Latest High-temperature superconductivity Stories
Scientists seeking to understand the intricacies of high-temperature superconductivity—the ability of certain materials to carry electrical current with no energy loss—have been particularly puzzled by a mysterious phase that emerges as charge carriers are added that appears to compete with superconductivity.
Research from North Carolina State University finds that impurities can hurt performance – or possibly provide benefits – in a key superconductive material that is expected to find use in a host of applications, including future particle colliders.
Brookhaven Lab researchers captured the distribution of multiple orbital electrons to help explain the emergence of superconductivity in iron-based materials
Nearly 30 years after the discovery of high-temperature superconductivity, many questions remain, but an Oak Ridge National Laboratory team is providing insight that could lead to better superconductors.
UBC researchers have discovered a universal electronic state that controls the behavior of high-temperature superconducting copper-oxide ceramics.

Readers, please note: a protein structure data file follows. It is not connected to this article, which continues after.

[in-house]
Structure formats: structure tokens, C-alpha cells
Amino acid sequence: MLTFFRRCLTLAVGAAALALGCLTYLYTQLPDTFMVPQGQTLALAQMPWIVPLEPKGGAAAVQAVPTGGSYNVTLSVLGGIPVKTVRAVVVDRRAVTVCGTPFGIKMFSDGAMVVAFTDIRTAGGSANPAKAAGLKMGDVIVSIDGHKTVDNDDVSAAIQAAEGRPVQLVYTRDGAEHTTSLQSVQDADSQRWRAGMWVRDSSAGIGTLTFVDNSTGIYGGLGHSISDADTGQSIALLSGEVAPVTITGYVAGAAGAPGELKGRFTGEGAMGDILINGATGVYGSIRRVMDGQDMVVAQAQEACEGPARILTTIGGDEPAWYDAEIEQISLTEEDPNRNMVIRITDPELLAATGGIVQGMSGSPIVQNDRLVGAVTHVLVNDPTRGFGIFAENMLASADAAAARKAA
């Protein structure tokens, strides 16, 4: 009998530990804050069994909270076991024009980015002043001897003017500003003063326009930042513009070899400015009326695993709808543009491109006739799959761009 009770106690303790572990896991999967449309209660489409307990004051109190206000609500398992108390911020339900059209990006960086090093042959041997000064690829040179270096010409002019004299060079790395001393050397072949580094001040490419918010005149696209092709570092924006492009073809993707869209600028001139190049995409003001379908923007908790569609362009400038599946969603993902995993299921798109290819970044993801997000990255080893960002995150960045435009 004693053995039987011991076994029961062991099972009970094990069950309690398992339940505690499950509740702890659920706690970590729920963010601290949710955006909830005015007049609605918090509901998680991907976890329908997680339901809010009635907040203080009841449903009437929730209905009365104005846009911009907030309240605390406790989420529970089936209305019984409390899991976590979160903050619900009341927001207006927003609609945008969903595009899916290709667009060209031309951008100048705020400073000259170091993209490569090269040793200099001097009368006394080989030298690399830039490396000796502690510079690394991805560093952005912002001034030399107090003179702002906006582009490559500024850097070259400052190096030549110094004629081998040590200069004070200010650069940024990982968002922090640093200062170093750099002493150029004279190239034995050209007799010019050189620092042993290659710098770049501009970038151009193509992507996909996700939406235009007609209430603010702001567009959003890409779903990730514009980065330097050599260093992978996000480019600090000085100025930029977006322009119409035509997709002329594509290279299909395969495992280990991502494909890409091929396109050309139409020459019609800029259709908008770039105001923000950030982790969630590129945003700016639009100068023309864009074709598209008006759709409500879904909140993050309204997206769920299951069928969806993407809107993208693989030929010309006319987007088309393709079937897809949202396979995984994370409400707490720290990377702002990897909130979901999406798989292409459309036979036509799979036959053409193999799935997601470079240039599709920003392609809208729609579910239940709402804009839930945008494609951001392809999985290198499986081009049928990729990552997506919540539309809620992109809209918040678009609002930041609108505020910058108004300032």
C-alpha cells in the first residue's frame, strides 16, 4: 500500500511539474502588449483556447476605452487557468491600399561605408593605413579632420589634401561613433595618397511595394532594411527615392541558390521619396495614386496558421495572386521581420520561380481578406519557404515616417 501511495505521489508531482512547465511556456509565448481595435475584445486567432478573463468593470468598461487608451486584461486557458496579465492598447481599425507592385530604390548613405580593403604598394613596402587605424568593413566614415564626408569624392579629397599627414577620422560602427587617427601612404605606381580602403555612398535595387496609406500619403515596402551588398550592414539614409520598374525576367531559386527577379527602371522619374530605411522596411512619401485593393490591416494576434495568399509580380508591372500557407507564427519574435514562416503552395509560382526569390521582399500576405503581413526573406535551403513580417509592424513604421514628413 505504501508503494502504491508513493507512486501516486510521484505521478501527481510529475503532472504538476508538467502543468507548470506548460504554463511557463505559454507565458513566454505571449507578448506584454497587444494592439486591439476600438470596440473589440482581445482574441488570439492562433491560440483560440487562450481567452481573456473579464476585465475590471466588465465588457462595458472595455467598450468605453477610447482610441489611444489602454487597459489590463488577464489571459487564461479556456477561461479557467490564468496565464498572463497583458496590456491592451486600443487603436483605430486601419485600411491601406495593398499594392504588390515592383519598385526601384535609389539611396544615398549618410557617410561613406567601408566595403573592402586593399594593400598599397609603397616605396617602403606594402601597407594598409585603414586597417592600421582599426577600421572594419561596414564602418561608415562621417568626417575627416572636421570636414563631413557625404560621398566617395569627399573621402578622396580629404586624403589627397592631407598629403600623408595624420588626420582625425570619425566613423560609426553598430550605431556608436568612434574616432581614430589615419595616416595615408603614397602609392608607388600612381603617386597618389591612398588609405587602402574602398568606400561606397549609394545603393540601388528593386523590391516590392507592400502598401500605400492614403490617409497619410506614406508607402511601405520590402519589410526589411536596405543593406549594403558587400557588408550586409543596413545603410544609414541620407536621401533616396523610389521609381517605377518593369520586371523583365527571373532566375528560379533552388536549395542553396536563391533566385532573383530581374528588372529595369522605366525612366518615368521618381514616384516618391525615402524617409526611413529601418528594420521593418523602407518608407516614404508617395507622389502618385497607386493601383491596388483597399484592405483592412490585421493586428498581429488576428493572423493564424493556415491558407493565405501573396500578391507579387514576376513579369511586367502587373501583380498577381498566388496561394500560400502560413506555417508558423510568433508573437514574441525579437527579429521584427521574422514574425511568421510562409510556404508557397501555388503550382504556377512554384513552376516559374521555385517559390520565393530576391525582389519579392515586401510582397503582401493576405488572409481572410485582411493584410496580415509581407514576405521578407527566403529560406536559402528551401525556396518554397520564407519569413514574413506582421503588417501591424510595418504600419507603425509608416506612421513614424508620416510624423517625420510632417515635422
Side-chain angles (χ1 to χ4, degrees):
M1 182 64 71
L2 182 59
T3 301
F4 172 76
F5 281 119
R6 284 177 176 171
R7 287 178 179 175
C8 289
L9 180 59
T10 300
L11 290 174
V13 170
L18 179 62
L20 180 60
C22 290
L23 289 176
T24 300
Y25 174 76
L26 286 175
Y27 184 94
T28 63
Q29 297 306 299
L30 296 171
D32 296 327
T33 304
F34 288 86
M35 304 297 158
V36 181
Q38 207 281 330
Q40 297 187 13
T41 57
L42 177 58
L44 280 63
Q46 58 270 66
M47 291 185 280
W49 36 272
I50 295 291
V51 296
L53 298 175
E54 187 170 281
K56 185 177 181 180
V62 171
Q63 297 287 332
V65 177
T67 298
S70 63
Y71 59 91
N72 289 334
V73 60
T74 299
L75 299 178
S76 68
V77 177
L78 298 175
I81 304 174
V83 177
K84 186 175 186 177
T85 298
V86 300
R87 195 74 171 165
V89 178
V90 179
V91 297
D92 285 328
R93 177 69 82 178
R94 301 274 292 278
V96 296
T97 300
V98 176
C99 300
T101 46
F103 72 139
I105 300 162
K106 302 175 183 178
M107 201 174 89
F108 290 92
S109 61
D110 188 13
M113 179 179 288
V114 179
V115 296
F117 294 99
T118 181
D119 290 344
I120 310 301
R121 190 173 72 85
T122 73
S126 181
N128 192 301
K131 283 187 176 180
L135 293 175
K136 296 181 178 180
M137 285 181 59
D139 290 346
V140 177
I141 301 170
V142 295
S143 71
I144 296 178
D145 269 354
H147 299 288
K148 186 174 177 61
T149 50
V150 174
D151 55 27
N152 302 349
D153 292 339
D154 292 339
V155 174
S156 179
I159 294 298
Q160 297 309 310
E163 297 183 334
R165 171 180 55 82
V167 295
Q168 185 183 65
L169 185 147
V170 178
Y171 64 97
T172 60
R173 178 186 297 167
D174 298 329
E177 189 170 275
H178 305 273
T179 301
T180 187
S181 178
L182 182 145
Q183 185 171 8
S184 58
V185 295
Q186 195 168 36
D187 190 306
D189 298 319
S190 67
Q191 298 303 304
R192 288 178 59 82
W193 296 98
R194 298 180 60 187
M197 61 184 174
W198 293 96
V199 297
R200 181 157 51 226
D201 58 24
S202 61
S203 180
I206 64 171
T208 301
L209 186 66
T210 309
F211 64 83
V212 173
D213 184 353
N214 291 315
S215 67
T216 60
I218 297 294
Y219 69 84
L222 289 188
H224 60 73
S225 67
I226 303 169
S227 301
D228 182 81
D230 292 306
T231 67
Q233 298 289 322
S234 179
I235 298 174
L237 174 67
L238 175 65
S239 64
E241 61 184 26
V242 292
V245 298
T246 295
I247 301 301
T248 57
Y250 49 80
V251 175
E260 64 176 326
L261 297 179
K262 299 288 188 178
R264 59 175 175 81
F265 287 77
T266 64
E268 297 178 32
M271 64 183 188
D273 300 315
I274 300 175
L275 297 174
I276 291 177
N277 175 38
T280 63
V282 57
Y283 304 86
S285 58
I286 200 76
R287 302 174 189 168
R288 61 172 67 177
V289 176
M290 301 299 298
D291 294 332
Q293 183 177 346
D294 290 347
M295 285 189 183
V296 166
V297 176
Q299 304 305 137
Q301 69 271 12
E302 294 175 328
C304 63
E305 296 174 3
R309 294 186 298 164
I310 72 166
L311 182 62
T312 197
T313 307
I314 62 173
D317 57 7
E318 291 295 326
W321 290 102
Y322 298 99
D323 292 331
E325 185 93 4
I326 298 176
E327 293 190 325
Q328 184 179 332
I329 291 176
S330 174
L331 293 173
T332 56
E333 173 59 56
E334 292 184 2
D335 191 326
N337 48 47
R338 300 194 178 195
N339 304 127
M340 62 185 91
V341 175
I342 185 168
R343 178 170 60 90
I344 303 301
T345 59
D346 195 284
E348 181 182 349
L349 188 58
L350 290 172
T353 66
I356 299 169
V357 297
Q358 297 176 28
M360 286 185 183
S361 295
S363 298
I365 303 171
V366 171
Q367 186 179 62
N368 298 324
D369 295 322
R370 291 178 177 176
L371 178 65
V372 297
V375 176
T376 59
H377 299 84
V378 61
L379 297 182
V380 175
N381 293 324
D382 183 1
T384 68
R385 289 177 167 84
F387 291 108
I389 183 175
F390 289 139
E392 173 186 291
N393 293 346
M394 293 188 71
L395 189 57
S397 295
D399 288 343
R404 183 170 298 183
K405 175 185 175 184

Classical and high-temperature superconductors differ hugely in the value of the critical temperatures at which they lose all electrical resistance.
Understanding superconductivity – whereby certain materials can conduct electricity without any loss of energy – has proved to be one of the most persistent problems in modern physics.
Scientists introduce a general theoretical approach that describes all known forms of high-temperature superconductivity and their "intertwined" phases
Transparency Market Research adds new "Global Superconductors Market - industry Analysis, Share, Size, Growth, and Forecast, 2012 - 2018" market research report to its report store.
A German-French research team has constructed a new model that explains how the so-called pseudogap state forms in high-temperature superconductors.
- Stoppage; cessation (of labor).
- A standing still or idling (of mills, factories, etc.).